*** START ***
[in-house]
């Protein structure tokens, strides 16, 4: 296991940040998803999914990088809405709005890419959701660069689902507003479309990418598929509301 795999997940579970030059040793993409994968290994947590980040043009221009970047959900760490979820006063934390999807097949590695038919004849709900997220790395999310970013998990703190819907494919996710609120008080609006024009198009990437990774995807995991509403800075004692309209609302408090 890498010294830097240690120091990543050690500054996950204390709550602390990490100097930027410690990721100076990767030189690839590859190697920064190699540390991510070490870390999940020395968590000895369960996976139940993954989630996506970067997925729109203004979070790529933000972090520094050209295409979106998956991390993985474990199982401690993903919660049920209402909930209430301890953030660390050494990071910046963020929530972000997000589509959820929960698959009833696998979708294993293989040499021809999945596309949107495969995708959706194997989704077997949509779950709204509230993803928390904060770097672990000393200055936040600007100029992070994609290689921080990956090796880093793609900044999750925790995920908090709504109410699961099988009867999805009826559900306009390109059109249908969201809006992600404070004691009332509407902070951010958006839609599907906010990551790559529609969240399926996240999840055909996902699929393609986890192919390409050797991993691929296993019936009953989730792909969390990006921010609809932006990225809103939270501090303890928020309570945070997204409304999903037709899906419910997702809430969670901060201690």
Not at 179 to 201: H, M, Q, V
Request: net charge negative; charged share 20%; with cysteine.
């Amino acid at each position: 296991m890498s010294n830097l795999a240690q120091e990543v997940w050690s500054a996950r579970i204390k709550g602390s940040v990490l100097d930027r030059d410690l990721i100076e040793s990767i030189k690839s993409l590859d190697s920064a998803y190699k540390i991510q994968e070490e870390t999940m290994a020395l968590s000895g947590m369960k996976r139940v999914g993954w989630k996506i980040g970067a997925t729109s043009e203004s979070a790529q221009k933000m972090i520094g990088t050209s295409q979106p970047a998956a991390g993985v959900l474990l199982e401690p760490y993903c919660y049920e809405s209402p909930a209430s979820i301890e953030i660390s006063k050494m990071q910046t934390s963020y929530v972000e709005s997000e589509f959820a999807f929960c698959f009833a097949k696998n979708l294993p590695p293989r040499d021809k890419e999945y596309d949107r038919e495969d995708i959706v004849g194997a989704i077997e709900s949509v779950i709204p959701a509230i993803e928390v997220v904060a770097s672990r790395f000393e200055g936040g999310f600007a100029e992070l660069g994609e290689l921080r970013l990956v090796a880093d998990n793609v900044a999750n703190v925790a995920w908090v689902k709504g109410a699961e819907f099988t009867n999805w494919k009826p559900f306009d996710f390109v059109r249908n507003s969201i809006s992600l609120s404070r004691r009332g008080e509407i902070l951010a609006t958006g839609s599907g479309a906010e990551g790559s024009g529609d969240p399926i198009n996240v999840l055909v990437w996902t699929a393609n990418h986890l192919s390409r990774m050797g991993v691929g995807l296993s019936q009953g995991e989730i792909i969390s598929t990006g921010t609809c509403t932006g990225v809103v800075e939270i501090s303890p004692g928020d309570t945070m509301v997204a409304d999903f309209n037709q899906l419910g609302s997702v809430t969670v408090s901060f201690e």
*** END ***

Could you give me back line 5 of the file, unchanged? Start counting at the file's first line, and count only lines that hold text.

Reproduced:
């Amino acid at each position: 296991m890498s010294n830097l795999a240690q120091e990543v997940w050690s500054a996950r579970i204390k709550g602390s940040v990490l100097d930027r030059d410690l990721i100076e040793s990767i030189k690839s993409l590859d190697s920064a998803y190699k540390i991510q994968e070490e870390t999940m290994a020395l968590s000895g947590m369960k996976r139940v999914g993954w989630k996506i980040g970067a997925t729109s043009e203004s979070a790529q221009k933000m972090i520094g990088t050209s295409q979106p970047a998956a991390g993985v959900l474990l199982e401690p760490y993903c919660y049920e809405s209402p909930a209430s979820i301890e953030i660390s006063k050494m990071q910046t934390s963020y929530v972000e709005s997000e589509f959820a999807f929960c698959f009833a097949k696998n979708l294993p590695p293989r040499d021809k890419e999945y596309d949107r038919e495969d995708i959706v004849g194997a989704i077997e709900s949509v779950i709204p959701a509230i993803e928390v997220v904060a770097s672990r790395f000393e200055g936040g999310f600007a100029e992070l660069g994609e290689l921080r970013l990956v090796a880093d998990n793609v900044a999750n703190v925790a995920w908090v689902k709504g109410a699961e819907f099988t009867n999805w494919k009826p559900f306009d996710f390109v059109r249908n507003s969201i809006s992600l609120s404070r004691r009332g008080e509407i902070l951010a609006t958006g839609s599907g479309a906010e990551g790559s024009g529609d969240p399926i198009n996240v999840l055909v990437w996902t699929a393609n990418h986890l192919s390409r990774m050797g991993v691929g995807l296993s019936q009953g995991e989730i792909i969390s598929t990006g921010t609809c509403t932006g990225v809103v800075e939270i501090s303890p004692g928020d309570t945070m509301v997204a409304d999903f309209n037709q899906l419910g609302s997702v809430t969670v408090s901060f201690e």